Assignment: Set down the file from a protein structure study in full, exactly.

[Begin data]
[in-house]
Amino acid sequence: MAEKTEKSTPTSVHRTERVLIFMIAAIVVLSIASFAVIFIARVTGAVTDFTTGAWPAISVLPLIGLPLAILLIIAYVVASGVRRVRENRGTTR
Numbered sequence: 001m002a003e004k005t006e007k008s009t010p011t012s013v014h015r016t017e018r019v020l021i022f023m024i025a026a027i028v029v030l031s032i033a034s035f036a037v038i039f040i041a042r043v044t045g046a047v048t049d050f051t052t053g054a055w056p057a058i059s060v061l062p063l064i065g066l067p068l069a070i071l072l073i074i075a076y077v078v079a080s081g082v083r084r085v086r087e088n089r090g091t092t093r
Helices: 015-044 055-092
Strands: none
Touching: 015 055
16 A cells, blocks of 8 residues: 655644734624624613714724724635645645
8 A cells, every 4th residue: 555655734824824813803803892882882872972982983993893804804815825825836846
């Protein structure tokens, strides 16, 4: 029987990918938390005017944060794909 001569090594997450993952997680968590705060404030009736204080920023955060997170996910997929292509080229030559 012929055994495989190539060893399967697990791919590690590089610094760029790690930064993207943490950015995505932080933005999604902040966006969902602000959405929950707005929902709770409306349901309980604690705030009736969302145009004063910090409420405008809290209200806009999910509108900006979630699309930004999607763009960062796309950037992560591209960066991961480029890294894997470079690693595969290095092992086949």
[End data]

[in-house]
Amino acid sequence: MAEKTEKSTPTSVHRTERVLIFMIAAIVVLSIASFAVIFIARVTGAVTDFTTGAWPAISVLPLIGLPLAILLIIAYVVASGVRRVRENRGTTR
Numbered sequence: 001m002a003e004k005t006e007k008s009t010p011t012s013v014h015r016t017e018r019v020l021i022f023m024i025a026a027i028v029v030l031s032i033a034s035f036a037v038i039f040i041a042r043v044t045g046a047v048t049d050f051t052t053g054a055w056p057a058i059s060v061l062p063l064i065g066l067p068l069a070i071l072l073i074i075a076y077v078v079a080s081g082v083r084r085v086r087e088n089r090g091t092t093r
Helices: 015-044 055-092
Strands: none
Touching: 015 055
16 A cells, blocks of 8 residues: 655644734624624613714724724635645645
8 A cells, every 4th residue: 555655734824824813803803892882882872972982983993893804804815825825836846
């Protein structure tokens, strides 16, 4: 029987990918938390005017944060794909 001569090594997450993952997680968590705060404030009736204080920023955060997170996910997929292509080229030559 012929055994495989190539060893399967697990791919590690590089610094760029790690930064993207943490950015995505932080933005999604902040966006969902602000959405929950707005929902709770409306349901309980604690705030009736969302145009004063910090409420405008809290209200806009999910509108900006979630699309930004999607763009960062796309950037992560591209960066991961480029890294894997470079690693595969290095092992086949």